Across The Lake
Driving truck isn't just about hauling pulp. For a couple dozen truckers from Blackduck and around, it's more like moving pipe, hauling water, doing all the other jobs that go with working around drilling rigs in the oil patch. "You go where the work is," said one man who went on to tell us, "and right now the work is out there in the Bakken." The Bakken is that part of North Dakota where 174 rigs are currently operating, producing more than 342,000 barrels of crude every day.
There's more of that geologic formation spreading into Montana and north into Saskatchewan but the heart of the play is in North Dakota and that's where the jobs seem to be, too. I was told truck drivers have a 10-days-on, 10 off, schedule and earn about $2,000 a stretch. Around Watford City in western North Dakota, if there's a basketball game, you can't find a parking spot anywhere near the high school. A lot of Blackduck fans are in the crowd, I'll bet.
Kristy Richardson has a husband and a dog and has had both about the same length of time. She and Steve met at the University of Minnesota-Duluth and moved to Bemidji when he took a sales job there. She followed and has a job at the Blackduck Resource Center. She came out of work one recent afternoon to confront a situation not covered in any of her resource manuals. She handled the problem deftly, which is how you describe taking the homeless kitten home. "What else could I do?" Answering the next question wasn't quite as easy. Her husband (of three years) is allergic to cats. (To be continued!)
Banghazi is a long way from Blackduck, but gasoline prices remind us that the world is indeed all on one planet. Muammar Qadhafi isn't on any of the reservation lists at Blackduck Lake resorts but he's on the minds of the owners. Even though Libyan oil has little affect on refinery runs in this country, it somehow gets into the price at the pump and from there into the kind of tourist season we can expect this summer and whether the lunch crowd at Trail's End will be bigger or smaller and how many shoppers will pick up local postcards while looking for gift items at Northlander in Blackduck.
All that expansion at the airport in Bemidji isn't apt to bring more passengers to the area as long as airlines keep boosting fares, either. Adding the additional cost from the Twin Cities to Bemidji keeps discouraging that part of the trip for a lot of would-be visitors. Someone mentioned at coffee the other day that the morning paper was different: not a single story about airline tickets going up another $10 or $20!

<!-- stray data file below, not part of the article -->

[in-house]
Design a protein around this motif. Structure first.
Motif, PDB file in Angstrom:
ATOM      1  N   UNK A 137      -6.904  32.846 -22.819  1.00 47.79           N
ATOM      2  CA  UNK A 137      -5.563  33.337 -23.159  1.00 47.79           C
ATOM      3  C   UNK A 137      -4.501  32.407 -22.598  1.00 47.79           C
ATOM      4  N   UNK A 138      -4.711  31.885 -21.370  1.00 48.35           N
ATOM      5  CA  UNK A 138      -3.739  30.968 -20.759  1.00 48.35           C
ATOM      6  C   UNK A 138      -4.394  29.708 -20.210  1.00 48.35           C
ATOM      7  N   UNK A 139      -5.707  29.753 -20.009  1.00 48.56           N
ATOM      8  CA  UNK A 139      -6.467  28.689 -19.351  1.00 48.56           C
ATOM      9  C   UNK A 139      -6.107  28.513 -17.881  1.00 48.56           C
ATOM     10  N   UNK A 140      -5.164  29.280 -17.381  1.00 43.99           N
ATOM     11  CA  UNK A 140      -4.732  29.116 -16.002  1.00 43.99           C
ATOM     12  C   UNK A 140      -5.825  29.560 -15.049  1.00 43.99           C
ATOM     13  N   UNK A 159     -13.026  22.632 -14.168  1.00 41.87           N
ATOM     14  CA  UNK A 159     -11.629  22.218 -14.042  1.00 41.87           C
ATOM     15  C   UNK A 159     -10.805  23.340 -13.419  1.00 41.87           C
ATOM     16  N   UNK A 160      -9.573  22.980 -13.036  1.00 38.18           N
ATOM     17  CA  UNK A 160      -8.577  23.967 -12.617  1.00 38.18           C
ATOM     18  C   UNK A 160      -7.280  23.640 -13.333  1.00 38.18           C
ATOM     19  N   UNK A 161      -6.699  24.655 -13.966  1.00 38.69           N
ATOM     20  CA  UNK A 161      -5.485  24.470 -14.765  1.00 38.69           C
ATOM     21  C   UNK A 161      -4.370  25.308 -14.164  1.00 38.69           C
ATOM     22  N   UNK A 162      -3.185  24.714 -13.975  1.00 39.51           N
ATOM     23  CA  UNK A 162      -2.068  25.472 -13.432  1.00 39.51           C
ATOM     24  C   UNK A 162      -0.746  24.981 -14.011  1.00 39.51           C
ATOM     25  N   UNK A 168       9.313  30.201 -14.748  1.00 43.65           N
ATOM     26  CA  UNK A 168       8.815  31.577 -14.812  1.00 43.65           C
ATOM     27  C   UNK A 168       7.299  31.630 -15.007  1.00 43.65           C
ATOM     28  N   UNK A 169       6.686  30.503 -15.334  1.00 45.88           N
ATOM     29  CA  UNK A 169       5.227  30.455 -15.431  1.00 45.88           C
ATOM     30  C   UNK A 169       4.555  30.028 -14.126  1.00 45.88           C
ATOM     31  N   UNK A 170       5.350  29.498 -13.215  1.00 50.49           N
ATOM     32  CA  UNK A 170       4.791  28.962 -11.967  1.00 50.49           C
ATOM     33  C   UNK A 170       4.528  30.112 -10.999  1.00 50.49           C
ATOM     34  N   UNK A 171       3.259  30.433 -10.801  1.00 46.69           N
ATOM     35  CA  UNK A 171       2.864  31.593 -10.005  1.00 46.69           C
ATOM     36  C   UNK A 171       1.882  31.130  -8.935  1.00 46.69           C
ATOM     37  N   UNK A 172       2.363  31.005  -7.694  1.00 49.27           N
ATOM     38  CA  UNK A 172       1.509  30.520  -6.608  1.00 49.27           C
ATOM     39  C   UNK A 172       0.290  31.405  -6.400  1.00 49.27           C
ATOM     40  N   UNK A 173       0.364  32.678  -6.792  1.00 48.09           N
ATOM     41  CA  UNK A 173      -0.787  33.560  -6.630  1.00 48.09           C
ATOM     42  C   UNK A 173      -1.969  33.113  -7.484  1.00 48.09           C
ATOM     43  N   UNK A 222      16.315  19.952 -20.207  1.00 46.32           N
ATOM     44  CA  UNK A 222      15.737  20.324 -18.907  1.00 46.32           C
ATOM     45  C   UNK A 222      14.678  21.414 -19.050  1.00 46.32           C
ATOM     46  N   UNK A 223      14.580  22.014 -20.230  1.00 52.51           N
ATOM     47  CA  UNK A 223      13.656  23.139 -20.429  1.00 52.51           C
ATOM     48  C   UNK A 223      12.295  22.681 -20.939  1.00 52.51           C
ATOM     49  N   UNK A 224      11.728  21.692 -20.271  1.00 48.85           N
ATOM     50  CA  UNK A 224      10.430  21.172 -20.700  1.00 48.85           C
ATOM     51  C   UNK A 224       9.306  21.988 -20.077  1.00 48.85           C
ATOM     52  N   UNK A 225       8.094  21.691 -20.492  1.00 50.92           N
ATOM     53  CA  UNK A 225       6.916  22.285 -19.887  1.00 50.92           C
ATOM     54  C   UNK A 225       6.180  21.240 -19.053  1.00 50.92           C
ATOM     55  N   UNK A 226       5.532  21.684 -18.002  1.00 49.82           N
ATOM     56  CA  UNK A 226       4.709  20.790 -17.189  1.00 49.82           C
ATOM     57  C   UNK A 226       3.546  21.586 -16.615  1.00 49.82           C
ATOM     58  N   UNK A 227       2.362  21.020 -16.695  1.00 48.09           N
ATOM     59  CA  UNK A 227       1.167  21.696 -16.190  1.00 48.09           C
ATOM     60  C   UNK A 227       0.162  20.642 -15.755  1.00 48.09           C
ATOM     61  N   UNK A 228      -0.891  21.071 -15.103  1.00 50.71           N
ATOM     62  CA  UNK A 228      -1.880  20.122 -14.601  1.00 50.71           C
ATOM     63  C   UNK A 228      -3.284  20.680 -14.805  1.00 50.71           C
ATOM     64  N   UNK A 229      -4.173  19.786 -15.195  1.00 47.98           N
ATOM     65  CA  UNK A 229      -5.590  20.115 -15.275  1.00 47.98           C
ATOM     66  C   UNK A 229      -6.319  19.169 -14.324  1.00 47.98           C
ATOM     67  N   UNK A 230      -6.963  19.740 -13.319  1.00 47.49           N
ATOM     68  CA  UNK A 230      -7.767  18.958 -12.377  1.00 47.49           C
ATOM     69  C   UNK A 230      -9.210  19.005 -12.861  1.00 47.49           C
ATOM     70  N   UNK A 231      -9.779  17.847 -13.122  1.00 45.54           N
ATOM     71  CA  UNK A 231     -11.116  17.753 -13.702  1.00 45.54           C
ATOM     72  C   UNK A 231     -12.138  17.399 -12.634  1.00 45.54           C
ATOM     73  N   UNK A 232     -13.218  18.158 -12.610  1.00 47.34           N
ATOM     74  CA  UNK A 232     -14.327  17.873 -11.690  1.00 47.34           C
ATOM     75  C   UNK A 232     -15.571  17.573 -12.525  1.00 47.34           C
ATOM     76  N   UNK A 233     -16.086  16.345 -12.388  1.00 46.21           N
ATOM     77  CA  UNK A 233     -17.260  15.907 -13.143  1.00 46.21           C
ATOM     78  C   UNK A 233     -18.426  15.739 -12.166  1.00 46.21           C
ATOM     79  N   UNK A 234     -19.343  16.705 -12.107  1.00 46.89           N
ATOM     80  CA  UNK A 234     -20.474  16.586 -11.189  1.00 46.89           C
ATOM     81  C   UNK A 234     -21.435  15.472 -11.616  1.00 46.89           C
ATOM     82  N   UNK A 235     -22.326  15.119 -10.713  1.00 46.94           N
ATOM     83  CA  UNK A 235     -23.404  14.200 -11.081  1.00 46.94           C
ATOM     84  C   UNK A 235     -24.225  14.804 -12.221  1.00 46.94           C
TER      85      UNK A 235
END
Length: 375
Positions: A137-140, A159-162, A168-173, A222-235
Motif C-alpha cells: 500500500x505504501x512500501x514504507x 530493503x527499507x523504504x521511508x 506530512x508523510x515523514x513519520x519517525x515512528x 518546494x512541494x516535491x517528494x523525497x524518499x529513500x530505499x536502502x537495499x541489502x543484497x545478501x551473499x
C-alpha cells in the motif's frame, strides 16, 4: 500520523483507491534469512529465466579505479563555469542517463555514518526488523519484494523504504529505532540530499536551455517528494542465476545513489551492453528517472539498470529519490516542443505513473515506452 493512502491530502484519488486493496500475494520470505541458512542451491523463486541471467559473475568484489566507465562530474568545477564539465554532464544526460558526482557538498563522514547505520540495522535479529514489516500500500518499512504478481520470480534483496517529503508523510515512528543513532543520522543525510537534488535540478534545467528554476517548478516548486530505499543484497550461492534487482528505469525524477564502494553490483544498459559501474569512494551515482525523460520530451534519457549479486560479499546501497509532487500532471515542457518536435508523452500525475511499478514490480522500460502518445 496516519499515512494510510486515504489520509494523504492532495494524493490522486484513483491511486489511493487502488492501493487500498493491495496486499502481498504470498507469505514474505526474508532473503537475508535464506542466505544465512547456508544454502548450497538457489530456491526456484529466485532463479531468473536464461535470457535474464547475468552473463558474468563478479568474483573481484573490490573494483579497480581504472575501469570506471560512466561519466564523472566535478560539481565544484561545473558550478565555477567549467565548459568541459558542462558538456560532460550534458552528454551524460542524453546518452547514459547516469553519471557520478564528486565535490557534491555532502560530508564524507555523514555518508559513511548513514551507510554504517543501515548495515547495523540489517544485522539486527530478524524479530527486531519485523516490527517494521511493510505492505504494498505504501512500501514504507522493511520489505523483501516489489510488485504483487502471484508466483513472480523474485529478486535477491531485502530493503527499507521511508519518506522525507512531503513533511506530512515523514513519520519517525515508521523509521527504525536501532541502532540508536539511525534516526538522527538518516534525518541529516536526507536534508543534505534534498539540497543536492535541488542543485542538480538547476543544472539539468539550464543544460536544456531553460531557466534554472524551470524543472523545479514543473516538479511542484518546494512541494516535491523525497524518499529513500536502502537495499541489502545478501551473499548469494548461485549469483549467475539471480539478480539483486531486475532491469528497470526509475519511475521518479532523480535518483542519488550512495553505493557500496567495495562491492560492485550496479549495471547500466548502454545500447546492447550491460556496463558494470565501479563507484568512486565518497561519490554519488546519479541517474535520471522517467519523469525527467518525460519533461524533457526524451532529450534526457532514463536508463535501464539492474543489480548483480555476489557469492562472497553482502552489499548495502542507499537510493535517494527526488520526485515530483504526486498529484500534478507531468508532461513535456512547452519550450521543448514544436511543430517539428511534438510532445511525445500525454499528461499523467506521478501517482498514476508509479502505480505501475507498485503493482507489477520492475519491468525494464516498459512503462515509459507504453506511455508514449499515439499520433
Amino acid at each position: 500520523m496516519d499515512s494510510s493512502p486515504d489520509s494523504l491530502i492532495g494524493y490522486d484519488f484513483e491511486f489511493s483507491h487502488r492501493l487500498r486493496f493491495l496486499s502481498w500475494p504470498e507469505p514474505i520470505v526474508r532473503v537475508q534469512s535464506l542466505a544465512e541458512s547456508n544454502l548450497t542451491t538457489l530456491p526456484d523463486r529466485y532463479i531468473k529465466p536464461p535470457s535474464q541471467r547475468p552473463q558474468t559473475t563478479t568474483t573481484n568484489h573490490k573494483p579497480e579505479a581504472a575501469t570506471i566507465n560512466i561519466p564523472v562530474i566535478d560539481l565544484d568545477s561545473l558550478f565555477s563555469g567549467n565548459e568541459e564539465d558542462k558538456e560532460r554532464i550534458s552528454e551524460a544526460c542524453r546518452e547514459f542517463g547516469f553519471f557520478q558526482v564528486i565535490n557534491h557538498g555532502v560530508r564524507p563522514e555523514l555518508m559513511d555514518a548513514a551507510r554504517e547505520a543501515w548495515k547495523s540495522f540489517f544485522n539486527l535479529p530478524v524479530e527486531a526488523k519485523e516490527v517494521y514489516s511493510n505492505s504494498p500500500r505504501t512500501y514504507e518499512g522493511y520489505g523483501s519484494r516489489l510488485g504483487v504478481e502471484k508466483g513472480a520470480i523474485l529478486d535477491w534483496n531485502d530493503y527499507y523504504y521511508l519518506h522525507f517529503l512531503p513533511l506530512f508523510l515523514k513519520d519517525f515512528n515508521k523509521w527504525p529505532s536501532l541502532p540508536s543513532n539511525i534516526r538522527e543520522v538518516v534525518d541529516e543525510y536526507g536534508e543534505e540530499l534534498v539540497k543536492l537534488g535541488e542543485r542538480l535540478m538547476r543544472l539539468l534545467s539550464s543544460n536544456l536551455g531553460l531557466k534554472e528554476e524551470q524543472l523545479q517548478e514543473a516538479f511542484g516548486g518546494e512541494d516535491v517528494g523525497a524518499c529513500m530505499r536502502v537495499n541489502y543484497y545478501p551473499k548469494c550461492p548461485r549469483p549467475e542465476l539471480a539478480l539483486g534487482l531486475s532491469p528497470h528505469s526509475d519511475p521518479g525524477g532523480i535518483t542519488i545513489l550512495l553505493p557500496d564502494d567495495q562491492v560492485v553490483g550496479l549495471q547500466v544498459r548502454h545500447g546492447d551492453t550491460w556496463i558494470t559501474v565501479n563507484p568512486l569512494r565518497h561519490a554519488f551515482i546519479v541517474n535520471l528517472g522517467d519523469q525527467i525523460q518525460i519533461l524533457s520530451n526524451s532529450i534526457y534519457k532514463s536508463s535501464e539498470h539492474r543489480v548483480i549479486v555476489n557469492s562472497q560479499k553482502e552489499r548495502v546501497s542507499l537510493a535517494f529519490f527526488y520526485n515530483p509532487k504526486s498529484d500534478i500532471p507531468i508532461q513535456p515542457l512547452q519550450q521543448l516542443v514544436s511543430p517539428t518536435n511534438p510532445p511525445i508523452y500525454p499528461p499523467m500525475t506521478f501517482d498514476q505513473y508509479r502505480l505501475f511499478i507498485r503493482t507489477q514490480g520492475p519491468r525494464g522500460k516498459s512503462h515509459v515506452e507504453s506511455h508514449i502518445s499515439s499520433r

The average wage in 1923 would matter, but it's interesting none the less to look at the price of a trip to Bemidji that many years ago. We just came across the "receipt for cash fare" on a ticket for the ride from Hines to Bemidji aboard train number 34 of the Minnesota and International Railway Company, April 27 of that year. There were scheduled stops then at Tenstrike, Farley, Turtle River and Lavinia.
North of Hines, the next stop was Blackduck and after than Funkley, then Houpt and Orth. Other towns along the way included Waukanha, Wisner and Happyland until, between Little Fork and International Falls, you could include Nakoda as a stop. The receipt shows no less than 17 stations between Bemidji and Brainerd and bears the signature of the railroad company's president, Wm. J. Gemmell, for whom that town was probably named. Leaves one wondering, though, about the station named Happyland.
Thoughts while drying the dishes... Highway 72 out of Blackduck at one point briefly parallels the old M&I trackage which ran from Blackduck to Shooks and Kelliher. It's sometimes referred to as the Kelliher branch line, but that's not what it was called in "the olden days." The rail receipt identifies it then as the Bullhead Lake Branch. And while this may seem like useless information, remember that bits of trivia like that are very helpful in filling out the 700 or so words in this week's column.